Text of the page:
Sometime in the past 5 years we’ve filled any empty time we might otherwise have with passive scrolling, thus preventing ourselves from ever being truly bored. We have constant stimulation every waking hour and no longer find ourselves rendered with nothing to do. If in doubt, it’s whip-out-your-phone-and-peruse-social-media of one form of another. But what’s that doing to our mental health? Are we missing out on anything by depriving ourself of time to do absolutely nothing and simply be bored?
I commute to work via train and if I don’t have a book to read or music to listen to, I can’t help but resort to my phone as a source of entertainment for said commute. There’s this insatiable craving within me to have something to do. Moseying around my social media platforms is often the default. But what’s happening when the phone is within constant reach? The result is no time during your waking hours to simply be. It’s easier to distract yourself.
Time to ourselves, free of the noise of technology, is vital for our success. If we don’t make time for these to come into play, we’re missing out on being our best selves. Here’s why you might want to clear your schedule or turn off your phone and allow some time for nothingness to infiltrate once more.
Less stress: A Swedish study of young adults 20-24 found that high mobile phone usage was linked to stress, sleep disturbances, and depression. No wonder: Whether you’re reading an anxiety-inducing news article, or comparing yourself to someone else online and feeling less than adequate, there are numerous ways that we stress ourselves out with constant smartphone use. It’s not until we’re lying awake night after night wondering why we’re having panic attacks or feeling stressed over the most trivial of things and taking it out on our partner that we realize that something’s gotta give. Less time on your phone means less stuff to get stressed about.
Creativity: Many beautiful, creative things can come out of boredom. Only when we have time doing nothing is our mind free to wander. A well-known British study found that a bored group of subjects outperformed a control group on creative problem-solving (figuring out alternative uses for household objects). It turns out that a bored mind gets compelled to “entertain itself,” thus leading to increased creativity and strategic thinking.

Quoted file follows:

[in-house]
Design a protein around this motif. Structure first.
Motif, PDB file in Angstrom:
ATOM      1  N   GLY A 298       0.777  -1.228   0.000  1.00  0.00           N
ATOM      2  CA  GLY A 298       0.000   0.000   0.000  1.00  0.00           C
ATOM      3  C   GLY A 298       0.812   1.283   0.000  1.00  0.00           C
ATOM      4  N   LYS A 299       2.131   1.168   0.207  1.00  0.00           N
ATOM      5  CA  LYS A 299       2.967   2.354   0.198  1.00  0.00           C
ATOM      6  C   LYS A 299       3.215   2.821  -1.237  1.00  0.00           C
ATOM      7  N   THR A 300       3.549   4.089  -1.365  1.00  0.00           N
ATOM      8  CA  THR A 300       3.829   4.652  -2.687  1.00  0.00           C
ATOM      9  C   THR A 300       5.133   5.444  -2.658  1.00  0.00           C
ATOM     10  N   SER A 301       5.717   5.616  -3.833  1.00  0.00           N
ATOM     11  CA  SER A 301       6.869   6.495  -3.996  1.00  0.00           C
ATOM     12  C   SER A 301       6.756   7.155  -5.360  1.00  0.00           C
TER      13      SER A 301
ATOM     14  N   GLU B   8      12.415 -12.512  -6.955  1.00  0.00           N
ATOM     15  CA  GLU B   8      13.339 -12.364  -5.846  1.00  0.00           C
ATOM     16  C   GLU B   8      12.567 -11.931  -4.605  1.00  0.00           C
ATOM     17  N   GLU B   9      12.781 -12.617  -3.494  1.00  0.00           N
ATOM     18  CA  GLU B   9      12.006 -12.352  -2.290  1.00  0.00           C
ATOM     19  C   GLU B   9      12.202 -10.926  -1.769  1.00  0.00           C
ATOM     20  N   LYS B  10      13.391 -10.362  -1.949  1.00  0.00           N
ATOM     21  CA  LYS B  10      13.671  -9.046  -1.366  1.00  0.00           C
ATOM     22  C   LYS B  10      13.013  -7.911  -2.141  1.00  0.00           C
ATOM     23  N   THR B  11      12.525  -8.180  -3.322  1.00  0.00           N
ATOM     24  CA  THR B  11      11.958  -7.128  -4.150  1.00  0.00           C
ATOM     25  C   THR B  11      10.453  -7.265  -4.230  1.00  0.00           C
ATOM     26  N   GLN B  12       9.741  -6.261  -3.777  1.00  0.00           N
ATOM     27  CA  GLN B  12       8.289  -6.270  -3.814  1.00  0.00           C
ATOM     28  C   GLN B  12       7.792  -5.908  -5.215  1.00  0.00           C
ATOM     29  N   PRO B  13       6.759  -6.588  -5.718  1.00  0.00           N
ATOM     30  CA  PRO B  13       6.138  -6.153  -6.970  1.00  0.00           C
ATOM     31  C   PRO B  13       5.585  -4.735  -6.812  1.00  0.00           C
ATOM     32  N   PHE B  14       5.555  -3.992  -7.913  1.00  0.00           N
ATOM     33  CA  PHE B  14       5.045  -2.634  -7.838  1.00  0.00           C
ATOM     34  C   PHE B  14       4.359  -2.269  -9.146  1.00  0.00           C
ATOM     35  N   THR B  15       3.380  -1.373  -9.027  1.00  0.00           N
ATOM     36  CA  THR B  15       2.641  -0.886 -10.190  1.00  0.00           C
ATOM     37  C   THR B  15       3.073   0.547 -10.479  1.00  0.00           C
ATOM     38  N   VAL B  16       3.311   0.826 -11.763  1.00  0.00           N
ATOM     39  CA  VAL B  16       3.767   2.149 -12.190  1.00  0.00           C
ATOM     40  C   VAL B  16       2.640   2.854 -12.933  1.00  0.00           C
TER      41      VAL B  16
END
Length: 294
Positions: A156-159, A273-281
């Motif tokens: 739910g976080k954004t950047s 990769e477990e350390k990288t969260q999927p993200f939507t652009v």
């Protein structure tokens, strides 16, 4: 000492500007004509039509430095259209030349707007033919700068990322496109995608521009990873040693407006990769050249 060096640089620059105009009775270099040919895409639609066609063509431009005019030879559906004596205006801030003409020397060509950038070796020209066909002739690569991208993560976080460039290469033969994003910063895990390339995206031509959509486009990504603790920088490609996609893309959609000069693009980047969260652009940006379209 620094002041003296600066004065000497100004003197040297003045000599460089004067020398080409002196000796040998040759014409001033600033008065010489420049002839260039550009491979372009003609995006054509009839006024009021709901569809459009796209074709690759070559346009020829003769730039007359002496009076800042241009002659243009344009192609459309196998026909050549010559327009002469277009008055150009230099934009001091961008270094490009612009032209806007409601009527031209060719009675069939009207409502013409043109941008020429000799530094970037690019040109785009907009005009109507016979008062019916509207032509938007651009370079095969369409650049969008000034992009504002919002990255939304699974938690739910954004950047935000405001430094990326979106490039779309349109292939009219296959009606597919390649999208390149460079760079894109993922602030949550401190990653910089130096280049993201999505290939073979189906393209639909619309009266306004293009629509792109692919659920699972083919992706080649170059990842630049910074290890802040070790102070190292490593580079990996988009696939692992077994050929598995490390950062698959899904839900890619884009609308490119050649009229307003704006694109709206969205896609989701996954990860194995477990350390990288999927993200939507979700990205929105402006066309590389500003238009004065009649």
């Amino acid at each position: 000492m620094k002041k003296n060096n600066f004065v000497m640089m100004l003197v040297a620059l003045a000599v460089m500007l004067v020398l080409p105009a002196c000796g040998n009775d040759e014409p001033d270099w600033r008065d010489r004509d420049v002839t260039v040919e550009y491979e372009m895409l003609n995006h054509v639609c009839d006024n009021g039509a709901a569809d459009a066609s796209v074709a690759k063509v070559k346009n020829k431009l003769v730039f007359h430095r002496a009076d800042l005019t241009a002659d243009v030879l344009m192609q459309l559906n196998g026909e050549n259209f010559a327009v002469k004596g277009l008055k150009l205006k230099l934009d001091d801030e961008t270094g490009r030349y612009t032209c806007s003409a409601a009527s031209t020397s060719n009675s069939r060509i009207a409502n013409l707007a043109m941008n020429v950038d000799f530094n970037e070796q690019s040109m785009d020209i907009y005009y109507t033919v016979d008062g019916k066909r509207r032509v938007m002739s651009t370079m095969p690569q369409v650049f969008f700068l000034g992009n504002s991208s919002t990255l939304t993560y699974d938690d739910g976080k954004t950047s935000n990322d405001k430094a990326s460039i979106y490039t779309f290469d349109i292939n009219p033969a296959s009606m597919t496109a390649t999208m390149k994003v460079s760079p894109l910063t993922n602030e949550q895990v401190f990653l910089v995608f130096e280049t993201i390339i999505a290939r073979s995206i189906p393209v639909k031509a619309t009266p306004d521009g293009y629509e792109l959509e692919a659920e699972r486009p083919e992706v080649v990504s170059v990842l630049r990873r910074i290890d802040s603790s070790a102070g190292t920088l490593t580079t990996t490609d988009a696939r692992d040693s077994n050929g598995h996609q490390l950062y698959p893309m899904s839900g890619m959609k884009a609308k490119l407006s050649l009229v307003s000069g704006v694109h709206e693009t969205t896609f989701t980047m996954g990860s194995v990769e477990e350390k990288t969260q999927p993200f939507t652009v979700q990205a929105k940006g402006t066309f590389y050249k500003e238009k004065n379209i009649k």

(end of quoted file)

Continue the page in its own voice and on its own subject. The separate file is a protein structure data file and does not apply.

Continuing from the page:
Time free to simply imagine is vital to our innate desire as creative beings to dream. It might be a gift idea for mom, a dream destination, or even a profitable business idea. Either way, do yourself the honor of time to create. Surround yourself with a paint and a blank canvas, a notebook and a pen, or a pantry of ingredients and see what you come up with. It might just be the next best thing that the world wants to see.
Clarity: We’ve got heaps of things we put on the backburner in the hope they’ll sort themselves out. If you’re mulling over whether to change careers, how to reach out to a friend or even what haircut to get, give your brain time to actually think these things through. We get so easily overwhelmed and burned out by having too many decisions to make and what feels like not enough time to think them all through. Give yourself the time and you’ll end up more productive and satisfied with the direction your life is going in.
Beauty: There was a short video I saw a couple years ago that followed the whole lives of a couple that met as they passed while walking opposite directions down the street. From first date to old age, you saw a glimpse into it all. At the end it then showed those same two people walking past each other in the street, both looking down at their phones. They continue on their way, never having even noticed each other. It was a real eye-opener, symbolic of all the things we miss when we’re busy staring at our phones. We miss nature’s little mysteries such as a beautiful butterfly flitting past, a gorgeous rose bush, a cute cat purring on a garden wall, a hilarious toddler playing with his sister, the clouds overhead, the birds chirping and all those other things that compose our beautiful world. No matter how much online success you have, the life within your phone can never be a match for the real life that surrounds us every day. Switch off and start noticing the natural world that is often our biggest source of inspiration. And, you know, a potential beau who sits next to you on the subway.
Gratitude: The last benefit of doing nothing is that it gives you the gift of being able to feel grateful when you then actually have something to do. Everything is relative, remember. Just as we don’t know peace without war and warmth without cold, we don’t know the rush of focus until we contrast with the still of nothingness. Balance a busy work life with tranquility in your down time and you’ll be able to gain more enjoyment from feeling busy, rather than exhausted and indifferent.
When was the last time you let yourself simply do nothing?
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Photo: Luke Dahlgren via Unsplash